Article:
Wednesday, September 23, 2015

How to choose a blogging niche

What is a niche?
A niche(pronounced either “Nitch” or “Neesh”) is the subset of the market on which a specific product is focusing. Choosing the right niche is crucial if you want to be a successful affiliate. In this course, I’ll show you how to select a sub-niche in the fitness market.
I realize that 9 out of 10 times, people will not understand what a niche is when presented with the explanation above. Most people will understand it when an example is given. Here they are :
Example 1 :
Market: Health and fitness
Niche : Muscle building
Sub-niche: Muscle building for men
Micro-niche: Muscle building for men over 40
Micro-micro niche : Muscle building for men over 40 who have kids

Example 2 :
Market: Relationship
Niche : Dating
Sub-niche: Dating for men
Micro-niche: Dating for men over 40
Micro-micro niche: Dating for men over 40 who have kids

Now, you may be wondering : “why don’t I just target an entire market so that I can achieve maximum profits?” How I wish that was the case. It sounds counter-intuitive, but by targeting everyone, you end up targeting no one. Before starting a business of any kind, you must first define your audience.

Let me tell you three hypothetical stories to illustrate the importance of defining your audience and choosing the right niche:

Story 1:
Paul intends to open a store selling kitchenware. He opens his store, and stocks his warehouse with every type of kitchenware available, from ovens to pots and pans. His first week went well. Sales were average. After a week,sales began to decline, and after a month, he had zero sales. Why is that?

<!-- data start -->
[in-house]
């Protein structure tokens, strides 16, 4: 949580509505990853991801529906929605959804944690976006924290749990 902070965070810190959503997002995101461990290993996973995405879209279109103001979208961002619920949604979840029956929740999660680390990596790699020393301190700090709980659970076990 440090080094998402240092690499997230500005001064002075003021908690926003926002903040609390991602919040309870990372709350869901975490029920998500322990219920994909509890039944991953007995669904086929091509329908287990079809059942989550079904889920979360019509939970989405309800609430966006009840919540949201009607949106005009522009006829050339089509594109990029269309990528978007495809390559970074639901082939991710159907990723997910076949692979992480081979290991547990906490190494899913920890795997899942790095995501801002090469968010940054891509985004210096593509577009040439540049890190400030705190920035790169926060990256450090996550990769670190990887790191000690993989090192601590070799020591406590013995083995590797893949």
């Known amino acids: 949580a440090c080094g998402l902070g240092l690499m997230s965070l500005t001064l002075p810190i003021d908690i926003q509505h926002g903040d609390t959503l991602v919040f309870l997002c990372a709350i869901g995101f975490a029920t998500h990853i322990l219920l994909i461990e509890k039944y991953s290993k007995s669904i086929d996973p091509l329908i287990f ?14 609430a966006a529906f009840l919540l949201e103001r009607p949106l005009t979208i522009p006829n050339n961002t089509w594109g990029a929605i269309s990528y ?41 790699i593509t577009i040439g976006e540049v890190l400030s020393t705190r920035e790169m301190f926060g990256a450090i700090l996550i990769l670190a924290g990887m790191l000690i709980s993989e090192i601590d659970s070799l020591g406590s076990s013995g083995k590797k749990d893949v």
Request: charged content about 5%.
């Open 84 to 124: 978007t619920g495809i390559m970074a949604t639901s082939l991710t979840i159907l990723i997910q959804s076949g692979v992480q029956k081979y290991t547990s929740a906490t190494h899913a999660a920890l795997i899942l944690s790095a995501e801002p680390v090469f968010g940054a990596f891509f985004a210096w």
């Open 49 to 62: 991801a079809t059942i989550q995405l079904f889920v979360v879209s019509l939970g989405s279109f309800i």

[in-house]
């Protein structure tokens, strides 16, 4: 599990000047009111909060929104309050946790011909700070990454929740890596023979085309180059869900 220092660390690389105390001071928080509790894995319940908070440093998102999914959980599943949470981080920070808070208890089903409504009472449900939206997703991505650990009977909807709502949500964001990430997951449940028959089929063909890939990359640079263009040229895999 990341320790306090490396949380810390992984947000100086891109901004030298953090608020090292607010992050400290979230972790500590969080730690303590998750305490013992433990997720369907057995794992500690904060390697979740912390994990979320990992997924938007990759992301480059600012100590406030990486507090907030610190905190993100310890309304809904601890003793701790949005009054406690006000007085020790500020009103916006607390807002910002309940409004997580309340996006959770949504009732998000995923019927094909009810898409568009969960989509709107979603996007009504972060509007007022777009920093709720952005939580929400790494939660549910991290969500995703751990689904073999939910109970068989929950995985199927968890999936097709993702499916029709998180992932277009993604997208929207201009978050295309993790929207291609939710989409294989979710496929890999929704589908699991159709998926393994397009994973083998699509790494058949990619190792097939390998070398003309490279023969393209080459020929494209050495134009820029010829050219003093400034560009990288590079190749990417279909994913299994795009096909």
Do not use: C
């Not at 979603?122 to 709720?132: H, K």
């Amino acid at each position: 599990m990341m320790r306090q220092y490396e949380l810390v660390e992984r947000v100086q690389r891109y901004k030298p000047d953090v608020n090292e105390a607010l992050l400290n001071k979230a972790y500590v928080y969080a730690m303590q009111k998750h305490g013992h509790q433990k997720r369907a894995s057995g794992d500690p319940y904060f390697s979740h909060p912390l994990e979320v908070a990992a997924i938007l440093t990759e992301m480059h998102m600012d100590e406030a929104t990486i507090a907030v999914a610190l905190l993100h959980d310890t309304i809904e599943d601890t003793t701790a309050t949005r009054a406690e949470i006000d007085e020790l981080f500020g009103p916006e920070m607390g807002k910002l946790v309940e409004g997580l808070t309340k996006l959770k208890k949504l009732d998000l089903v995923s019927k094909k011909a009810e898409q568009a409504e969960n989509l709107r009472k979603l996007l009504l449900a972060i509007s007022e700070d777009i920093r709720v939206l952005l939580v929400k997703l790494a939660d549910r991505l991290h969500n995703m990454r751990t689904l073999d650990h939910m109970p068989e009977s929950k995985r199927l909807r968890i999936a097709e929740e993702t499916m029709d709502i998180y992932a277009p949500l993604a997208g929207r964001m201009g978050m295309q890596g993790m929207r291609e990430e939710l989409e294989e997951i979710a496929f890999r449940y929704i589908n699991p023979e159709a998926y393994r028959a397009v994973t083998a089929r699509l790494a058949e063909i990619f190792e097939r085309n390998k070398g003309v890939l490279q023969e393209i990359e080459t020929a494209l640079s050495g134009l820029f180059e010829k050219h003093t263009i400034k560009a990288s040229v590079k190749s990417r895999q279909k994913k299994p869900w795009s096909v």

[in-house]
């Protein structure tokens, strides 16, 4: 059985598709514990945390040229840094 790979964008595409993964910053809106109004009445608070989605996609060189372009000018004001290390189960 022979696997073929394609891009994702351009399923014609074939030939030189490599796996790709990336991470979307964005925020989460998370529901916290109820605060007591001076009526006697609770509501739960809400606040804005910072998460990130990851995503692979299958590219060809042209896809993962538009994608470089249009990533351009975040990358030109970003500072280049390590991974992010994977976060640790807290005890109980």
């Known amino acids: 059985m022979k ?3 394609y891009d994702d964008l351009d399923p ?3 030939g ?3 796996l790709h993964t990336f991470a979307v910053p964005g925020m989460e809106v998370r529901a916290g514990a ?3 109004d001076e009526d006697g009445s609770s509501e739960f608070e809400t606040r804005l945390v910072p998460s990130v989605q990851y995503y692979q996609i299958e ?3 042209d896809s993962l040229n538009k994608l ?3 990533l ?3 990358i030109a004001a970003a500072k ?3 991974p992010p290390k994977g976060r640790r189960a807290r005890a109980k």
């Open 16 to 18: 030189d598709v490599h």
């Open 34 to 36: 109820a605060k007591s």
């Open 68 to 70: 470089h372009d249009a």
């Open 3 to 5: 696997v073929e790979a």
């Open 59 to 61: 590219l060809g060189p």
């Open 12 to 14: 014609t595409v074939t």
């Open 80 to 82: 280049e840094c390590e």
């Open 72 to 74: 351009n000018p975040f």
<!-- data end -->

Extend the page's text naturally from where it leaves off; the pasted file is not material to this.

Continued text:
After some extensive research he found out that Walmart had opened up a branch distanced one mile from his store. Turns out all his previous customers now shop at Walmart because they had lower prices and a wider variety of kitchenware. Mr.Paul couldn’t compete with Walmart in terms of
price and variety, and ended up closing his store. He loses his primary income stream and is now broke. He loses his wife and kids, and now suffers from depression. He kneels to the ground and shouts : WHY DIDN’T I DEFINE MY AUDIENCE!!!

Story 2:
Tony, a friend of Paul who too had a kitchenware store, heard about Paul’s story,and was determined not to make the mistake of not defining his audience. He pledged to stock only one type of kitchen appliance that would appeal to only one group of people. He filled his store with a special toaster that could only toast brown Arepa bread with the thickness of 3.512312^13 inches. Tony said to himself: “Paul you fool, you should have chosen a mirco-micro niche like me! Soon, hundreds of targeted customers will swarm to my store to buy my special toasters!”. Days passed, all the customers that entered his store left empty-handed. Months passed.